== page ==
About This Week's Monetary Statistics
If we start with foreign central bank purchases in the week ending October 8, they totaled some $19.5 billion (they purchased $32.5 billion of Treasuries while selling $13.0 billion of Agency bonds.) While that is less than last week, it is still very high (if that rate sustained it would be more than a trillion dollar in a year) and explains the continued strength of the dollar. I'll return to that issue in a separate post later this weekend.
Continuing with base money, we could see that Reserve Bank Credit rose another $103.6 billion to $1494.7 billion in the week to October 8, creating a 4-week gain of 66.3%(!). The monetary base rose a relatively more moderate $74.4 billion in the two weeks to October 8, to $985.9 billion. Even so, this means that the 2 week average monetary base is up 16.8% compared to 4 weeks earlier. Although currency in circulation has increased unusually fast too in recent weeks, what really drives the increase in the monetary base are increases in bank reserves, which are up to $179.9 billion, up from $47.1 billion in the two week period 4 weeks earlier.
Despite the sharp increase in the monetary base, MZM actually fell by 0.28% to $8693.3 billion in the week to September 29. MZM is down 0.42% in the latest 8 week period, indicating that monetary conditions are actually deflationary (undoubtedly one of the factors behind the combined stock- and commodity price rout) despite the Fed's aggressive moves to reignite inflation. So far it seems that the deflationary effects of the financial distress is slightly more powerful than the inflationary effects of the various Fed schemes they have launched. If we look at the various components, we can see that M1 continues to soar, seeing a weekly 2.1% gain to $1510.4 billion with demand & checkable deposits up another $29.1 billion and currency in circulation up another $2.4 billion. However, this was more than cancelled out by a $49.5 billion drop in savings deposits and a $6.9 billion drop in institutional money funds.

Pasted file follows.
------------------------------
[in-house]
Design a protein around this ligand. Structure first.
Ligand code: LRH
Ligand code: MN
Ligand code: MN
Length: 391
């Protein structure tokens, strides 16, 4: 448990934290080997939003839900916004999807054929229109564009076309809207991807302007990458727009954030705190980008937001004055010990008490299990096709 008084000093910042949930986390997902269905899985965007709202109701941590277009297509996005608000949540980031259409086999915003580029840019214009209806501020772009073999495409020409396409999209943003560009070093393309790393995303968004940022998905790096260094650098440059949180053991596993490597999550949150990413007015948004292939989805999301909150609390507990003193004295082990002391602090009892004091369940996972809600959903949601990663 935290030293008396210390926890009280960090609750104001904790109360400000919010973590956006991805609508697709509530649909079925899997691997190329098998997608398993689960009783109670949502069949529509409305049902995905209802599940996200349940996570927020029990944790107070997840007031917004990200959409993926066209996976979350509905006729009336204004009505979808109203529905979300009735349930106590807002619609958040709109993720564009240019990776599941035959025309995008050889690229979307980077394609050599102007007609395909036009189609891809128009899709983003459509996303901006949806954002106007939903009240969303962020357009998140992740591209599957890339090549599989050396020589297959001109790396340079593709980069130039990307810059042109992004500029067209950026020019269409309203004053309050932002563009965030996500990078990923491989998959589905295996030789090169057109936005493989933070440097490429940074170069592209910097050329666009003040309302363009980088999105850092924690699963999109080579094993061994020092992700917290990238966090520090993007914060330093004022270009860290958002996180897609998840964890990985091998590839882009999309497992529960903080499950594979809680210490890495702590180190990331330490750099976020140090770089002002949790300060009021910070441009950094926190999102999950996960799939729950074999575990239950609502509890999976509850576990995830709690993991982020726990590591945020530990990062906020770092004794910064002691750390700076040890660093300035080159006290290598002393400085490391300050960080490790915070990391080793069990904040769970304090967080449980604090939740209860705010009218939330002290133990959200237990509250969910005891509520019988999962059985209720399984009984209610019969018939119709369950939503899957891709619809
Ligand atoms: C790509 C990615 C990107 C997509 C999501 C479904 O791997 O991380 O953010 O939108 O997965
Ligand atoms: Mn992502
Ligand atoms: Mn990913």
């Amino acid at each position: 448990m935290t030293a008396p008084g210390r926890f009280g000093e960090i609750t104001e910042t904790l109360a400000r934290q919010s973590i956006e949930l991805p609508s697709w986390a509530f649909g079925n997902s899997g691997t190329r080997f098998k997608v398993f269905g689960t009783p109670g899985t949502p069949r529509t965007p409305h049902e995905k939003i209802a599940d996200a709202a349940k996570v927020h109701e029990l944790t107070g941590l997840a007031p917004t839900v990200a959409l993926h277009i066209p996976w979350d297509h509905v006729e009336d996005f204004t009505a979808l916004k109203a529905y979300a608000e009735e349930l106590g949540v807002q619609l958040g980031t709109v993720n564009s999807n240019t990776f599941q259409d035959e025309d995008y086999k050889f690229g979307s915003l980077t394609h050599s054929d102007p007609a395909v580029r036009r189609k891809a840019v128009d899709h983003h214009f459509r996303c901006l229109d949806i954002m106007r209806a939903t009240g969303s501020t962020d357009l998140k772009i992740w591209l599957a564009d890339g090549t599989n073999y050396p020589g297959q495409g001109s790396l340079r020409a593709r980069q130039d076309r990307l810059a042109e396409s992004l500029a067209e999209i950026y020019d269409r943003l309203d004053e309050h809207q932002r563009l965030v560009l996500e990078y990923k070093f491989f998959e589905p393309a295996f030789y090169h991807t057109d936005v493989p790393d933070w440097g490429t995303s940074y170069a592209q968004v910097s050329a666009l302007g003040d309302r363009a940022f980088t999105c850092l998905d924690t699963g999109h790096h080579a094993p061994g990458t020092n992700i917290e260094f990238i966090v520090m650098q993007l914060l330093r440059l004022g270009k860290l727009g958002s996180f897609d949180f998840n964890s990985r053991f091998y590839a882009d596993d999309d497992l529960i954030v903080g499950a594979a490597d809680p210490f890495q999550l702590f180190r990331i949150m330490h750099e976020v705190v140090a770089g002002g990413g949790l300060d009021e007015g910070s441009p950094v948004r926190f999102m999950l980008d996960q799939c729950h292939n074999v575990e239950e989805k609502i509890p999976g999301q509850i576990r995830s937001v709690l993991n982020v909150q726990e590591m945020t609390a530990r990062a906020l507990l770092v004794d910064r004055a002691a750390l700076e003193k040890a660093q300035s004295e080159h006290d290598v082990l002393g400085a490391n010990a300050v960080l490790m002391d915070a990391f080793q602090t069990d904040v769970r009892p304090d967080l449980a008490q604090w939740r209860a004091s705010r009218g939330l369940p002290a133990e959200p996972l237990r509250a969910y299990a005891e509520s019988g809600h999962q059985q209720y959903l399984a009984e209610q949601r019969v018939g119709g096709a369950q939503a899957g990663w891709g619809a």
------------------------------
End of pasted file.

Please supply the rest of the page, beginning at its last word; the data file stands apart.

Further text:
Bank credit on its hand, had a very different message from MZM this week. Bank credit soared nearly 3% in the week to October 1 to $9864.4 billion, creating a 4 week gain of 5%. This may seem puzzling. While the financial media may exaggerate the credit crunch, surely there is no massive credit expansion around, particularly not at that very high rate (A gain of 5% in 4 weeks implies an annual rate of nearly 90%!). What is going on here is not a general credit expansion, but a shift in credit transactions from money markets to bank balance sheets. Because at the same time as bank balance sheets expand rapidly, money market mutual funds and commercial paper is contracting. This means that one should not interpret the bank credit numbers as indicating a massive credit expansion. But this also means that one should not as Larry Kudlow did in his most recent column, interpret the sharp decline in commercial paper as indicating a massive credit contraction. Overall credit are probably stagnating or declining slightly, while at the same time increasingly being on rather than off bank balance sheets.